Diagnosed with herpes 1 almost year ago. Ishherpes 1 known as genital herpes. Herpes 2 indeterminate. Is pregnancy risky. Would I need ssection?

Genital herpes= HSV2. Generally, genital herpes is associated wth HSV-2; cold sores is generally caused by HSV1. It is important to tell your doctor if you have sores in or around the vagina because it can be a source of infection to your baby. Based on their evaluation, they can tell if you will need to deliver by C- section. Read more...

Can genital herpes affect pregnancy or getting pregnant in the future?

Yes and no. If a patient is known to have genital herpes then she is usually offered suppressive therapy at about 36 weeks to prevent transmission to the baby as it is born. If there is an outbreak at the time of delivery, then cesarean section is recommended. It is unlikely that it would effect future fertility. Read more...

What treatment will I need in pregnancy if I have genital herpes?

Antiviral medicine. If you have frequent herpes outbreaks, you may be started on antiviral medication early in pregnancy to suppress them. If you don't get outbreaks often, make sure to tell your doctor you have a history of herpes. You will be placed on treatment at 36 weeks to prevent an outbreak around the time of labor. Active herpes during labor requires a c-section to avoid giving the baby an infection. Read more...
Antiviral medication. No treatment is needed unless you have an outbreak. During an outbreak your doctor can prescribe Acyclovir or valacyclovir (valtrex). At 36 weeks most doctors will start you on prophylactic treatment with daily medication to prevent an outbreak or viral shedding during delivery. If you have an outbreak at the time of a delivery a c section will be needed. Read more...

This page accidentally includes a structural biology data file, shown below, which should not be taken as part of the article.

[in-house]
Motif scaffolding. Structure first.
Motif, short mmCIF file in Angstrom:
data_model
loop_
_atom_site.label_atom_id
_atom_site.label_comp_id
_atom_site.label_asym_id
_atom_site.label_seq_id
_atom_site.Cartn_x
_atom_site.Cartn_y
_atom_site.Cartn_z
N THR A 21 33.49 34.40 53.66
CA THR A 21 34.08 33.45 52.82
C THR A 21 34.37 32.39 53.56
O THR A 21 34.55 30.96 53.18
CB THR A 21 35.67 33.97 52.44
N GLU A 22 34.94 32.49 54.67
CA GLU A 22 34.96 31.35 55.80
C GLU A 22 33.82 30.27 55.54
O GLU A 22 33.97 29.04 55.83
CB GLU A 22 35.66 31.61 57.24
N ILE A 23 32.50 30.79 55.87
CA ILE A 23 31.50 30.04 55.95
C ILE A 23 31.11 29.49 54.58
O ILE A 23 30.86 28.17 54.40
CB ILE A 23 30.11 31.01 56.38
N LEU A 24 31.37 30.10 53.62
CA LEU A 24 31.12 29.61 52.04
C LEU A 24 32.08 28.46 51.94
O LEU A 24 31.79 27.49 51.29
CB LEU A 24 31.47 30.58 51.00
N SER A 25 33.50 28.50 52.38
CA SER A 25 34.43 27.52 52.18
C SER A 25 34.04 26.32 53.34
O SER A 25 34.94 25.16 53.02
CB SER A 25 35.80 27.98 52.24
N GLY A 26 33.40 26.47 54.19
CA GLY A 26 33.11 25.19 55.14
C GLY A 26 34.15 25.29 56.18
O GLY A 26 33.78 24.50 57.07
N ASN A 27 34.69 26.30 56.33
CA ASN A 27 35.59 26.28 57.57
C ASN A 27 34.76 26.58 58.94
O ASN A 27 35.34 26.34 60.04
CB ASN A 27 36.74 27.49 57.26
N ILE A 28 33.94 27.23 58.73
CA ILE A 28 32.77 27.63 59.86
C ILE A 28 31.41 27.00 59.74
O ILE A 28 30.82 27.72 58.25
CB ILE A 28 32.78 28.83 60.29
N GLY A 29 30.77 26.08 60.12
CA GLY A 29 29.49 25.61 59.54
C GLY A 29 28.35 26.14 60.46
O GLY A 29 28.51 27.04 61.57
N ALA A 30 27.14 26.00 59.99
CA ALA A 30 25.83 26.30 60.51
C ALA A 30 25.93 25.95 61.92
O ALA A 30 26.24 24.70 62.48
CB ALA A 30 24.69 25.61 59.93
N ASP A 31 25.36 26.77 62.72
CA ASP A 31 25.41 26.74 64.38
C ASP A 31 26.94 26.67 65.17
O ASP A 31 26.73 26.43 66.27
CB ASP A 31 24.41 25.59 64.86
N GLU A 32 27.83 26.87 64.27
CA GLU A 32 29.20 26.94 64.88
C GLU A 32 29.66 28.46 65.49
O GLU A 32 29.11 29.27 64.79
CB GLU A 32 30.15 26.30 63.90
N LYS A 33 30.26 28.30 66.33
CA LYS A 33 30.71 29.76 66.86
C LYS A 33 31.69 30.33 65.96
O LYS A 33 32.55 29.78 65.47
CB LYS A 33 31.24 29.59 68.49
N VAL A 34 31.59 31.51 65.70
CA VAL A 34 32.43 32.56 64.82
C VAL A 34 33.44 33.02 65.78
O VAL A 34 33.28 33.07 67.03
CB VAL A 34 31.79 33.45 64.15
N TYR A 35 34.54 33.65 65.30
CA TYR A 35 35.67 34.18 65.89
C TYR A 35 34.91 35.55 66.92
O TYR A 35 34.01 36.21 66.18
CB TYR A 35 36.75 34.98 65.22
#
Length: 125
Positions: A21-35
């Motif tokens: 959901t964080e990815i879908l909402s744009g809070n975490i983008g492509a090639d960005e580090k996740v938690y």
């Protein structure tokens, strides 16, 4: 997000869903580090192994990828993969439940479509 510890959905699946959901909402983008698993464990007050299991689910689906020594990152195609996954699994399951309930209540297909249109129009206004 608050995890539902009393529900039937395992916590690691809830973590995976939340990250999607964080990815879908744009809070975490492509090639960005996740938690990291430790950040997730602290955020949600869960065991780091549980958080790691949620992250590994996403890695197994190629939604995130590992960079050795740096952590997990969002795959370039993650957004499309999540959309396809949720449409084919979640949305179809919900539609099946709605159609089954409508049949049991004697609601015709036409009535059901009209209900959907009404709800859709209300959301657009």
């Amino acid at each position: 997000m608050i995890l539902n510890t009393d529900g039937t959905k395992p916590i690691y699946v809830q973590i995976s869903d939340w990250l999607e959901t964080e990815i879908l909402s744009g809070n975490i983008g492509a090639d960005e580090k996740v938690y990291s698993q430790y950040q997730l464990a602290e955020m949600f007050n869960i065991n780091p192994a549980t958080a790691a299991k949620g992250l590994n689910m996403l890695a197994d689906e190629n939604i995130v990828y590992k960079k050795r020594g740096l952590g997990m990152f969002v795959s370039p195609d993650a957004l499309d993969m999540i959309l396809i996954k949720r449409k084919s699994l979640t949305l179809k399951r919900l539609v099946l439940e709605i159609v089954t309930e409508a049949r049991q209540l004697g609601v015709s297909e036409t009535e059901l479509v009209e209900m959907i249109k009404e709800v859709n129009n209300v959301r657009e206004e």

Anti-herpes medicati. An outbreak in pregnancy will usually be treated the same as in the non-pregnant patient. Your doctor may also decide to put you on daily treatment beginning one month before delivery to prevent an outbreak. Your doctor will also decide the best delivery route for you. Read more...
Anti-herpes meds. During the last month of your pregnancy your obstetrician will place you on anti-herpes medication to reduce the risk of a herpes outbreak that could infect your baby during birth. They will do weekly herpes cultures of the vagina to insure that herpes is not being shed. Should you have an outbreak or your culture is positive, then you will probably undergo a cesarean section. Read more...
Anti-herpes medicati. If you have a herpes outbreak while pregnant you can take an anti herpes medication. If you have an active outbreak while in labor you will need a c-section. Women who have had recent herpes outbreaks are given anti herpes medication after 36 weeks to try to prevent an outbreak in labor. Read more...
Anti-herpes meds. We usually start medications to suppress herpes at about 36 weeks. This decreases the chance you have an outbreak around the time of delivery. Be sure to watch for signs or symptoms of an outbreak during pregnancy. If you have active herpes when you go into labor, you may need a cesarean to make sure your baby doesn't get herpes. Read more...
Antiviral medication. Treatment during pregnancy is the same as in non pregnant. Most doctors prescribe antiviral medication prophylactically for patients with a history of herpes or if their sexual partner has a history of herpes. This treatment has decreased the number of cesareans for herpes. Read more...

Does having genital herpes have any effect on a woman's ability to have and maintain a pregnancy?

No. No, but if there are active lesions present at the time of delivery a cesarean delivery might be recommended to prevent transmission to the baby. Read more...
Pregnancy and herpes. Although a risk still remains of losing the baby while contracting herpes iinfection in utero, many women have had normal pregnancies and healthy babies. A cesarean section is often scheduled for delivery if there are active lesions. Read more...